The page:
Are ROCs going far enough to stimulate development of renewable technologies?

Or are FIT (Feed in tariffs) a more attractive option to marine developers?

The UK has long been seen as being at the fore front of marine renewables, but can they hold onto this lead? With other countries showing a growing interest in the development and deployment of marine technology, is the UK set for a mass exit of developers?


To stem the flow the answer may lie in feed-in tariffs. Professor Ian Bryden from Edinburgh University and head of the supergen program commented, "We should point out that flexible feed in tariffs are usually associated with quotas! In other words, be more proactive about the clever benefits of the UK scheme in comparison with often misrepresented FITs."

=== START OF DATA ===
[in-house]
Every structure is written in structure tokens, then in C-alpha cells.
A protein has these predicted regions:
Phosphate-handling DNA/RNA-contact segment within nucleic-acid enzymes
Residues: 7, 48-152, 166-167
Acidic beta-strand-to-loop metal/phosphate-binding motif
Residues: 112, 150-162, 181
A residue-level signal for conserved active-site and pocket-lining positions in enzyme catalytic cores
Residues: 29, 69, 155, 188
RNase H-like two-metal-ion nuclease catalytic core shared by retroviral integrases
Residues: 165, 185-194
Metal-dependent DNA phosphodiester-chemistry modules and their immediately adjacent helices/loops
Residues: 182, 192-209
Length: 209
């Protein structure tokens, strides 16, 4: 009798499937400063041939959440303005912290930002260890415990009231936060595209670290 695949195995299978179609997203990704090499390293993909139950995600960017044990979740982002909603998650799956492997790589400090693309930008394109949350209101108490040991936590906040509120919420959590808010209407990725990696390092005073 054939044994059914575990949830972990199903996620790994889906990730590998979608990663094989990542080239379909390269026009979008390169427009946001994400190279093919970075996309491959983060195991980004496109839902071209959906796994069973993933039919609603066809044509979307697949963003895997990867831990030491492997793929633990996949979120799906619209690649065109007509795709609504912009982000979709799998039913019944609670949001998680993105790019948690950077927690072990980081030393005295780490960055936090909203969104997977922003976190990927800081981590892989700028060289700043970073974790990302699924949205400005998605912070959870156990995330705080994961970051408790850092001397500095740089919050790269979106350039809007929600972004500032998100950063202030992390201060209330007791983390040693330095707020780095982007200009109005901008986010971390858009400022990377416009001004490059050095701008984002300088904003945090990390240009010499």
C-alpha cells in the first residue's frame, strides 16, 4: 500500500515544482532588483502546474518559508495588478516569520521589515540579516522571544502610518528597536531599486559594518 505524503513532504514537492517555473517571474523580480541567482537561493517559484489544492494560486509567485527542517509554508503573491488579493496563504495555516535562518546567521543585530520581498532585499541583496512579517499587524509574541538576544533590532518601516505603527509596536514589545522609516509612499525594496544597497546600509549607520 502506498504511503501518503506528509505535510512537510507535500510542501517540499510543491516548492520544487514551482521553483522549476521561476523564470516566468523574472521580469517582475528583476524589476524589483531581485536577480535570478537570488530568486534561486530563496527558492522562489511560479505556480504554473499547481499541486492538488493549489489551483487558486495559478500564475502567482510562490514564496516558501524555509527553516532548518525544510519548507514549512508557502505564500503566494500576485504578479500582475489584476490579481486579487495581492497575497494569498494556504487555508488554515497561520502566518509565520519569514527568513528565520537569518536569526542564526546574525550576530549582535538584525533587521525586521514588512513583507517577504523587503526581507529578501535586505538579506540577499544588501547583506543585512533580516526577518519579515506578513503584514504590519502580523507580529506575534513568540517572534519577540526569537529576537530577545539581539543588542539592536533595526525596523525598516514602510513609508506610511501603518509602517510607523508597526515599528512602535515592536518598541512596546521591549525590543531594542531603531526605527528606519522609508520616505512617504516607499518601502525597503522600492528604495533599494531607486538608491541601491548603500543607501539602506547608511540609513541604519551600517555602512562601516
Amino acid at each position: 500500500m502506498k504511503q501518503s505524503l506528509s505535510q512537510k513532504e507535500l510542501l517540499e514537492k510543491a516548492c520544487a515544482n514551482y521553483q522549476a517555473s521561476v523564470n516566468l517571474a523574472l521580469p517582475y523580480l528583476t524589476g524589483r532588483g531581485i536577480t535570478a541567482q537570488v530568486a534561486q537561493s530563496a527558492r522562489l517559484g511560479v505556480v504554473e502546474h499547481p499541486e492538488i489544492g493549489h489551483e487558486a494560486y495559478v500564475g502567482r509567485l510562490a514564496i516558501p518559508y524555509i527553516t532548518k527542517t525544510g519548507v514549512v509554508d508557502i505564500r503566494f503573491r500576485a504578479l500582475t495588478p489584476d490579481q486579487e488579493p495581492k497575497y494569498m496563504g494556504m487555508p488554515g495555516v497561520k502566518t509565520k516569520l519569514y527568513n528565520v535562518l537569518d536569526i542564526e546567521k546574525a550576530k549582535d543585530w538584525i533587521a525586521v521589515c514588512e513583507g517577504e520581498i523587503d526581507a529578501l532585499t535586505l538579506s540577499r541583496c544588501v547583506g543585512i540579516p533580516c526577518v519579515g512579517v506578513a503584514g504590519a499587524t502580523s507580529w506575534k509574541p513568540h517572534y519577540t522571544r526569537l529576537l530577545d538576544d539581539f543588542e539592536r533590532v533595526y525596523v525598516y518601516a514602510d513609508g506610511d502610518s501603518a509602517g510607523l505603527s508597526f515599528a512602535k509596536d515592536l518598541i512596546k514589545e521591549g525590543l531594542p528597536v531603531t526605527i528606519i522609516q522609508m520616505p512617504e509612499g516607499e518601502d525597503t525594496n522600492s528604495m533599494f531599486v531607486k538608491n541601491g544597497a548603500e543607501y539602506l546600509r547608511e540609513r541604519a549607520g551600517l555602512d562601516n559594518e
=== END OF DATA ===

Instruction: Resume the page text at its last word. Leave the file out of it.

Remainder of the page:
Marc Paish from Pulse Tidal added that, "although the timing has not been ideal, MRDF is a useful incentive for first farms and triple ROCs would make early installations very attractive. Looking to foreign markets is not incompatible with being based in the UK."

It seems fair to say that looking to develop your market overseas is not incompatible with developing in the UK. But tread carefully; whilst the grass might always appear green, beneath the glossy veneer of new and creative incentives promising to deliver greater support for emerging green technologies might be a framework which mimics exactly what you already have.

Marc Paish and Ian Bryden will be joining MCT, BWEA, Black and Veatch and BMT Cordah to discuss negotiating the technical leap as you turn tidal project theory into business success at the Tidal Energy Summit 2007 [www.tidaltoday.com/tidal07] 28-29th November 2007, London.

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